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WALK THIS WAY: Hidden gem linking glens of Lui and Quoich in the Cairngorms

Alan Rowan in green hiking gear with the caption 'Walk This Way by Alan Rowan'

Clais Fhearnaig, Forest of Mar, Cairngorms

The sky was a curious mix of threat and promise, the river lively and loud, as I drove round by Linn of Dee between showers. There was even a rainbow to greet me.

The Cairngorms are at their verdant best in a confused mix of weather, revelling in a light that constantly changes. High or low, they always deliver.

I was taking the low road this time, a circuit that links the glens of Quoich and Lui and the waters of the Quoich and the Dee, using the Clais Fhearnaig, a beautiful pass that affords an easy connection. The name means narrow hollow of the alders (clais, pronounced clash, is ditch or furrow), and it is one of many ‘hidden’ gems of the Cairngorms.

Clais Fhearnaig.

I set off in sunshine but within minutes the rain was back on. Perfect timing – it’s always better to visit water features when it’s wet and I was making the small detour to see The Punch Bowl. This round hole carved into the rock acts like a mini-whirlpool as the waters pour over the slabs.

There’s no need to retrace your steps – a path going right into the trees gets you back on course further on. The track used to closely follow the line of the river, but severe erosion caused by floods a few years back mean a higher line is now recommended.

It’s rough and stony, and there a few steeper gradients, but the gnarled and twisted Scots pines lining the route keep the mind occupied. This is a favourite route to Beinn a’ Bhuird, and the vast, bulky Munro starts to dominate the landscape to the right.

Clais Fhearnaig with Beinn a’ Bhuird behind.

The track starts to drop to rejoin the original line, and after crossing a small stream, I found the path on the left and said my goodbyes to Beinn a’ Bhuird. This wriggles its way gently over the moorland to the obvious V-shape looming ahead.

The little lochan cradled in the narrows is something of an oasis, a lovely place to spend some down time. The path continues along its edge and then past another, smaller, pool before twisting its way out of the confines on to more open slopes.

View up Glen Lui.

The rain came on as I dropped down into Glen Lui, the consolation being another rainbow over the distant high peaks to my right. By the time I reached the bridge, the sun was out again, and the walk through the trees of the Doire Bhraghad in full waterproofs had the same effect as being in a sauna.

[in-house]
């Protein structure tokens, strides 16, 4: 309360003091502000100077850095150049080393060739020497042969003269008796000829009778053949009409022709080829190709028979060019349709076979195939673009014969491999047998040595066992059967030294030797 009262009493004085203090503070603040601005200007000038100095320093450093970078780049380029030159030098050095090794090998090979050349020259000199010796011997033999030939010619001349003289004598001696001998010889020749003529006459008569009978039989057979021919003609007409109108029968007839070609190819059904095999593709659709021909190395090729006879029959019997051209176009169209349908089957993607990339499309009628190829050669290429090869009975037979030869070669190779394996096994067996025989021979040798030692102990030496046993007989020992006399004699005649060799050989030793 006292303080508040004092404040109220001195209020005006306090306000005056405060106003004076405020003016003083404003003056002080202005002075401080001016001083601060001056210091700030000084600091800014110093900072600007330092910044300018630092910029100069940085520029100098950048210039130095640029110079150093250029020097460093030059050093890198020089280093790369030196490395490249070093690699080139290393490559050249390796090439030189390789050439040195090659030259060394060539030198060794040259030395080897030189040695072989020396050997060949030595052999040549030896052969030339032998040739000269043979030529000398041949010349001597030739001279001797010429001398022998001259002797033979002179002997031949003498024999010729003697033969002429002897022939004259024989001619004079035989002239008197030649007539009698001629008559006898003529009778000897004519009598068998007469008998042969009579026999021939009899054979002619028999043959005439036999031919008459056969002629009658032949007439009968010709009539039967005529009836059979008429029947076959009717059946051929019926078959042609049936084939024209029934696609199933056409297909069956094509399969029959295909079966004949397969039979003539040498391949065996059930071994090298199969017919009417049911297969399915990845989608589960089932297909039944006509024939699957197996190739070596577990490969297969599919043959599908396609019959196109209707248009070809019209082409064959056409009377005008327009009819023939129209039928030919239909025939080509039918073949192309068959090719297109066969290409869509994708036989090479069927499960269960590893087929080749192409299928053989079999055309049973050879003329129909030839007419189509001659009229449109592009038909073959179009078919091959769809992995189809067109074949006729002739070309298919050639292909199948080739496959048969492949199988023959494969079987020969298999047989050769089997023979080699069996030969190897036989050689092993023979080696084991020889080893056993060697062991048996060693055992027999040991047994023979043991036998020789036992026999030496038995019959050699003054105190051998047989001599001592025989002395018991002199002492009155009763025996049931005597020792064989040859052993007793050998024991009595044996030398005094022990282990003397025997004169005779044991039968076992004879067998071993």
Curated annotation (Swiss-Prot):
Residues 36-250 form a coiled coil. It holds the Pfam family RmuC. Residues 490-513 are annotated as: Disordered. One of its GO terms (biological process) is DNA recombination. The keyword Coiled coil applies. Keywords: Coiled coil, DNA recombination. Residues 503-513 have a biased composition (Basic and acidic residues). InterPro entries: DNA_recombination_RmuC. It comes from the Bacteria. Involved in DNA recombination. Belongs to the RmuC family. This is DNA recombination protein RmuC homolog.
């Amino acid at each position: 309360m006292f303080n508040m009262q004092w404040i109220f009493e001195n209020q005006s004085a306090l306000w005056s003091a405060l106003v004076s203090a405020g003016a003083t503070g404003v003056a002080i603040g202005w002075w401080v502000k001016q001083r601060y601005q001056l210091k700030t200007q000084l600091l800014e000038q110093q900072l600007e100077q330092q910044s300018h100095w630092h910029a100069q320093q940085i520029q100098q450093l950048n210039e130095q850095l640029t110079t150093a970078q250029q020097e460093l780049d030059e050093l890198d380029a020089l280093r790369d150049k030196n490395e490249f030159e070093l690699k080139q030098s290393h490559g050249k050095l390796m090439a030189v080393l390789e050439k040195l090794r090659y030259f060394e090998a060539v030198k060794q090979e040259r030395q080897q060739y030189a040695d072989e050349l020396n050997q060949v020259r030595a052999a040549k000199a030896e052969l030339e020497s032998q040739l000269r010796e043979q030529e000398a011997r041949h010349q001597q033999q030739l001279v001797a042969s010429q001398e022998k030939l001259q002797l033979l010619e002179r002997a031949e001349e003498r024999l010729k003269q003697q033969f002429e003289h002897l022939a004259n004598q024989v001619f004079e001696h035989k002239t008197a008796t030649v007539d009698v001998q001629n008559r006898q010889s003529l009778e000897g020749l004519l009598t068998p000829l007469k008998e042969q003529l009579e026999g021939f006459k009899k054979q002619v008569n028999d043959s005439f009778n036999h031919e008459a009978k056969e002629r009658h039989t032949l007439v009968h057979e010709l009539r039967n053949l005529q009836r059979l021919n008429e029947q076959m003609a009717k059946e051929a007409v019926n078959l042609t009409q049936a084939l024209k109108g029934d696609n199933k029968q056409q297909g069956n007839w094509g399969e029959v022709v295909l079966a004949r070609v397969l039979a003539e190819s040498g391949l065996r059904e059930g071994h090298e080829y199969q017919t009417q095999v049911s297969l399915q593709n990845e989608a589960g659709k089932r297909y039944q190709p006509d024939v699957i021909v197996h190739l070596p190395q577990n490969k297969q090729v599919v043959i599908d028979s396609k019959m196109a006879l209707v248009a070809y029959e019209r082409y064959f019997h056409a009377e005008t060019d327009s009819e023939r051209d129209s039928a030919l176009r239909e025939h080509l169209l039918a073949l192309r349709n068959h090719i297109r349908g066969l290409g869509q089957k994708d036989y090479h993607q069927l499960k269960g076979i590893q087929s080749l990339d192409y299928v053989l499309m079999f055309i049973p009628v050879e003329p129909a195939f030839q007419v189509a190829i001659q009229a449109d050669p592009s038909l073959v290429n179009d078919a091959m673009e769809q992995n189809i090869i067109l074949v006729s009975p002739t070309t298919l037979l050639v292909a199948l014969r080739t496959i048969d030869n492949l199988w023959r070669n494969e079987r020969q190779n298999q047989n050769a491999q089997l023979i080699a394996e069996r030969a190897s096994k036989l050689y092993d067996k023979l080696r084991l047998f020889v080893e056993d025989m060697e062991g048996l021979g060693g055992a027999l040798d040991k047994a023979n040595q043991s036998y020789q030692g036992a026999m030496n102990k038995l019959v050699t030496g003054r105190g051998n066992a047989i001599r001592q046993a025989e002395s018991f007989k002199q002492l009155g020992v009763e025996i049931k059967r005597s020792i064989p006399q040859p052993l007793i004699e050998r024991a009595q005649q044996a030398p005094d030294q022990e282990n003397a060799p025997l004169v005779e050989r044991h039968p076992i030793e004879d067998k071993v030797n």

A short section of road walking and you reach the entrance to Mar Lodge. There are plenty of direction signposts to escort you right then along the banks of the Dee towards Victoria Bridge.

Start of moorland path to Clais Fhearnaig.

Another waymarker pointed through a wooden gate and out of the trees. A right turn led to a crossroads: I kept straight ahead on a darker, muddier tree-lined track, which opened out to a grassier line round a fence line.

There was a gate, then an old stone bridge and another gate, before I passed a house, keeping right to take the muddy lane leading out to the road. The rain came on to accompany me on the short walk back to the car. It felt like I had come full circle.

The Punch Bowl.

Route

1.     Walk east from parking and almost immediately turn sharp left on path into trees which soon joins track heading west up Glen Quoich.

2.     Turn right at first junction and follow path to bridge at Linn of Quoich to see The Punch Bowl, a round hole carved out of the rock.

3.     Retrace your steps a short distance but where path turns sharp left, head right on another path and follow this to main track.

4.     Stick with main track for 4km as it becomes rougher and climbs through trees. After crossing stream, watch for path on left.

5.     Follow this gently uphill over open moorland to reach the lochan in the narrow gap of Clais Fhearnaig.

6.     Stay with path on right side of water, pass another smaller pool, and follow out other side and down open slope to Glen Lui.

7.     Turn left on track to reach Black Bridge but don’t cross. Instead, go left into trees and follow main track for 2km dropping to minor road at Claybokie.

8.     Walk short distance east along road and head right down tarmac towards Mar Lodge. After a bend, go through gate in fence on right (signs) and follow path along raised grass bank by the line of the River Dee.

9.     Just before Victoria Bridge, follow signs to go through gate on left. Pick up road and continue east, going straight ahead at crossroads, and follow past old stone bridge and house at Cragan along lane before emerging on road for short walk to parking.

Information

Distance: 16km/10mls

Ascent: 285m/935ft

Time: 4-5 hours

Grading: Woodland and hill paths, estate tracks and minor roads. Gentle ascents, suitable for most ages. Can be wet in places, good footwear recommended. Dogs under close control – some farm livestock and ground nesting birds.

Start/finish: Linn of Quoich parking (Grid ref: NO 117910) 6km east from Linn of Dee, reached by minor road from Braemar. Parking charge £3 per vehicle.

Map: Ordnance Survey 1:50,000 Landranger Map 43 (Braemar & Blair Atholl); Ordnance Survey 1:25,000 Explorer sheet OL58.

Tourist Information: VisitScotland, Ballater iCentre, Station Square, Ballater, AB35 5QB (Tel 01339 755306).

Public transport: None to start of walk.

 

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